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Given these two identical objects, if one is stationary, and the centre of mass of the other object collides head on with the centre of mass of the object that is stationary, i.e it does not come into contact at an angle, will the object that was initially moving come to a stand still, or continue to move in the direction it was going in?

You see, I wonder, given Newton's third law, would the equal and opposite force completely counteract the initial force of the moving object?

Furthermore, would the stationary object somewhat 'take', or 'absorb' all the force of the moving object upon contact?

Remember, I am presuming these objects are identical to simplify matters, which means they have equal mass.

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  • $\begingroup$ Are the objects rigid, that they are "absolutely hard" and doesn't change shape upon contact? Note that even diamond changes shape under external force, though so slightly that nobody can see. $\endgroup$
    – busukxuan
    Dec 20, 2015 at 3:49
  • $\begingroup$ Sure, why not? Whatever it takes to run this mental simulation :) $\endgroup$
    – user108262
    Dec 20, 2015 at 3:51

3 Answers 3

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The fact that the objects are in vacuum has very little to do with Newton's Law.

Instead, as always there will be an exchange of momentum; exactly how much momentum is exchanged depends on whether the collision is elastic or inelastic (most collisions are somewhere in between the two...)

Newton's law can be restated as "the change in momentum of one object is equal and opposite to the change in momentum of the other object". But to get the final velocities, you need to know the mass (and the energy after the collision).

It is usually helpful to analyze collisions in the center of mass frame. Since the two objects in your example have the same mass (you said they are identical), the center of mass moves at half the velocity of the incoming particle. In that frame of reference, one particle appears to come from the left at $v/2$, and the other comes from the right at the same velocity.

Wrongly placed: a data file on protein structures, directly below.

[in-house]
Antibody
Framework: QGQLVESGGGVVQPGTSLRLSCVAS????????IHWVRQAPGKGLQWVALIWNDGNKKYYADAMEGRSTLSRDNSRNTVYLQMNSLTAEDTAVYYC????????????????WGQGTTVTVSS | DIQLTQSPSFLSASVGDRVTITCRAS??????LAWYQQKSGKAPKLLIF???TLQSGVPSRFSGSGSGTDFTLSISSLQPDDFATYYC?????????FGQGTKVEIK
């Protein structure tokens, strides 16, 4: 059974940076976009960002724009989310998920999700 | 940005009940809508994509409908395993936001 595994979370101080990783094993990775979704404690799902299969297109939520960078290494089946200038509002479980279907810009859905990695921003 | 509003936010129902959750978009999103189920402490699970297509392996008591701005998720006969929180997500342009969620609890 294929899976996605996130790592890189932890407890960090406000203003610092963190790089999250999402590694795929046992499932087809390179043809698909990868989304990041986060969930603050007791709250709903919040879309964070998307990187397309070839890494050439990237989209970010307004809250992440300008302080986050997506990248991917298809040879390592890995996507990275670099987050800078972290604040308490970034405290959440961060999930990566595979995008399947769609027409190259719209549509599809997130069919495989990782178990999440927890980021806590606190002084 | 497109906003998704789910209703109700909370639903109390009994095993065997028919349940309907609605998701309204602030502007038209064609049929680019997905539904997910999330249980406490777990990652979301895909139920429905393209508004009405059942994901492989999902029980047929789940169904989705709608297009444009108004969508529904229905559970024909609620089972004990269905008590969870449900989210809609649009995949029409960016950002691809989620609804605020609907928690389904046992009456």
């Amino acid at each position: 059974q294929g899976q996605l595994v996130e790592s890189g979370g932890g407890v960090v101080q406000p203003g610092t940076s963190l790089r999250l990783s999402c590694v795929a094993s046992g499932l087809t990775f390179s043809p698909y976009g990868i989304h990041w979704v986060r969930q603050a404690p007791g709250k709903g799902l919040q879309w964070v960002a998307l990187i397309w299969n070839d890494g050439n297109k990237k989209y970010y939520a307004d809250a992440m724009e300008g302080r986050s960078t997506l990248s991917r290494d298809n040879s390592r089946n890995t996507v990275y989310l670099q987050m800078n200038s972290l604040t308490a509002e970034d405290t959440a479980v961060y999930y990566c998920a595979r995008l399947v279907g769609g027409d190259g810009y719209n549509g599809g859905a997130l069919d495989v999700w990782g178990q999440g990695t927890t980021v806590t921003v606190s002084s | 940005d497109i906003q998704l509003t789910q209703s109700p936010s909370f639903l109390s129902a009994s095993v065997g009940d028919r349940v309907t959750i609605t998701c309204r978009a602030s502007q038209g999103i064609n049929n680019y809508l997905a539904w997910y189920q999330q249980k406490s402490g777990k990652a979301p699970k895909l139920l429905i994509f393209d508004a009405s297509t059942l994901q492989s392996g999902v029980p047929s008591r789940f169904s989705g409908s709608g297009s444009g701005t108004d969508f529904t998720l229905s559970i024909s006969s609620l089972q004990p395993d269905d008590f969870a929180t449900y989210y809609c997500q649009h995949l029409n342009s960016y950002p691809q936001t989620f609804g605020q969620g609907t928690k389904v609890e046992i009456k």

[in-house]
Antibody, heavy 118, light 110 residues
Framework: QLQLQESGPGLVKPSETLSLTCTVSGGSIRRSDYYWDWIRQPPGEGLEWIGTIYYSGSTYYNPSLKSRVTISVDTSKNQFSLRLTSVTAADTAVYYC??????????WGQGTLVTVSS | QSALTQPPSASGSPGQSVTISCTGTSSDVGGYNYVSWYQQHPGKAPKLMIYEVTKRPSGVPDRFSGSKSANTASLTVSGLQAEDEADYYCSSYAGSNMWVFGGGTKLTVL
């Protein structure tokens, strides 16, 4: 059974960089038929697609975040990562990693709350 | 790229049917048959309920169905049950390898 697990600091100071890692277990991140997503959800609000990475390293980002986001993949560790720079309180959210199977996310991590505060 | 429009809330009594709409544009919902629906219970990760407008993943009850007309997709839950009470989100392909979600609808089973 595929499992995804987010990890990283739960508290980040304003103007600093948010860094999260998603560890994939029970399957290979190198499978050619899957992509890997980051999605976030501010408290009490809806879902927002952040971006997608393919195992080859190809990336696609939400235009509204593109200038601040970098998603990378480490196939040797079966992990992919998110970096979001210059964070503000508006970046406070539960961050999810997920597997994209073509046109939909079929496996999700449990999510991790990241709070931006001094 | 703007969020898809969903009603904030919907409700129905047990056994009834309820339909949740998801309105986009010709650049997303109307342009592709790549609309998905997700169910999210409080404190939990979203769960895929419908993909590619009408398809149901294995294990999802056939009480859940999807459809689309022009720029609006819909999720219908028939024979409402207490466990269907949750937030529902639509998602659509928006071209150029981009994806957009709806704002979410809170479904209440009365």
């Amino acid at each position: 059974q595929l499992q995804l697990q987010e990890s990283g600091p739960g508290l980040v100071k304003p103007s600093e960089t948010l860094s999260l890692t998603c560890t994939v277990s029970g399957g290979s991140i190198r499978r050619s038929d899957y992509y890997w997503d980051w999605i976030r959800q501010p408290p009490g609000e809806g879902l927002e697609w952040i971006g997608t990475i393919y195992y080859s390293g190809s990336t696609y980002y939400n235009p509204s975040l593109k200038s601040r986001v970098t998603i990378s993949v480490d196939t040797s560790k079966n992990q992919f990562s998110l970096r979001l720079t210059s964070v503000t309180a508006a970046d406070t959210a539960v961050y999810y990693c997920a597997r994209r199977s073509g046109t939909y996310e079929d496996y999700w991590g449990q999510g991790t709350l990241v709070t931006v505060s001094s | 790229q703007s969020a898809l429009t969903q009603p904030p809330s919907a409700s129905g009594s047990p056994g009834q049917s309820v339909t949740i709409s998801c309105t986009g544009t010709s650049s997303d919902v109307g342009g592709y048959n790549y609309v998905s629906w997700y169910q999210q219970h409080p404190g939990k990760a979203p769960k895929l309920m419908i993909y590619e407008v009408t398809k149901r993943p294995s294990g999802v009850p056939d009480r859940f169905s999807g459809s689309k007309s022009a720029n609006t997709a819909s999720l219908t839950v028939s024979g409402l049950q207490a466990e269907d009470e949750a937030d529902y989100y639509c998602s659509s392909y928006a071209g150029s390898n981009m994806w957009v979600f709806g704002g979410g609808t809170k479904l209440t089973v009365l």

In a perfectly inelastic collision, they will hit each other and stick: all relative velocity is gone. So if they have $v'=0$ in a frame moving at $v/2$ then their final velocity is $v/2$ for both.

In a perfectly elastic collision, they will bounce off each other and continue with the speed they started with: so the particle that was initially stationary, and therefore was moving at $v/2$ to the right in the c.o.m. frame, ends up moving with $v/2$ to the left; transforming back to the lab frame, it will have velocity $v$. The other particle started out with $v$, and by a similar argument ends up stationary.

Now if some energy is lost during the collision, then the final velocities in the c.o.m. frame will not be $±v/2$ - they will be slightly less (but still equal and opposite). That means in turn that the velocity of the first particle will not be reduced completely to zero, and the second particle will not get all the energy/momentum of the first.

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Assuming that these two objects will not connect with each other. According to the theorem of momentum:

m1v0=m1v1+m2v2

For the momentum of an object is a vector, the equation should be placed in 2 directions(x-axis and y-axis)

The theorem of momentum is applied on condition that there's no external force acting on the objects(or the time is short that the impulse of the external force can be neglected)

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Elastic Collisions:

Conservation of momentum of object 1 and object 2: \begin{equation} (m_1v_1)_{before} = (m_1v_1 + m_2v_2)_{after} \end{equation} Conservation of kinetic energy (elastic collision assumption): \begin{equation} (\frac{1}{2}m_1v_1^2)_{before} = (\frac{1}{2}m_1v_1^2 + \frac{1}{2}m_2v_2^2)_{after} \end{equation} Since equal mass, momentum equation becomes: \begin{equation} (v_1)_{before} = (v_1 + v_2)_{after} \end{equation} and kinetic energy equation becomes: \begin{equation} (v_1^2)_{before} = (v_1^2 + v_2^2)_{after} \end{equation} We know $v_1$ before the collision. So we have 2 equations and 2 unknown velocities after the collision.

Solve these equations to get the velocities after the collision. \begin{equation} (v_1)_{after} = 0 \end{equation} \begin{equation} (v_2)_{after} = (v_1)_{before} \end{equation} For instance if the moving object was moving at $1$ $m/s$ before the collision, then it will completely stop and the second object will start moving at $1$ $m/s$.

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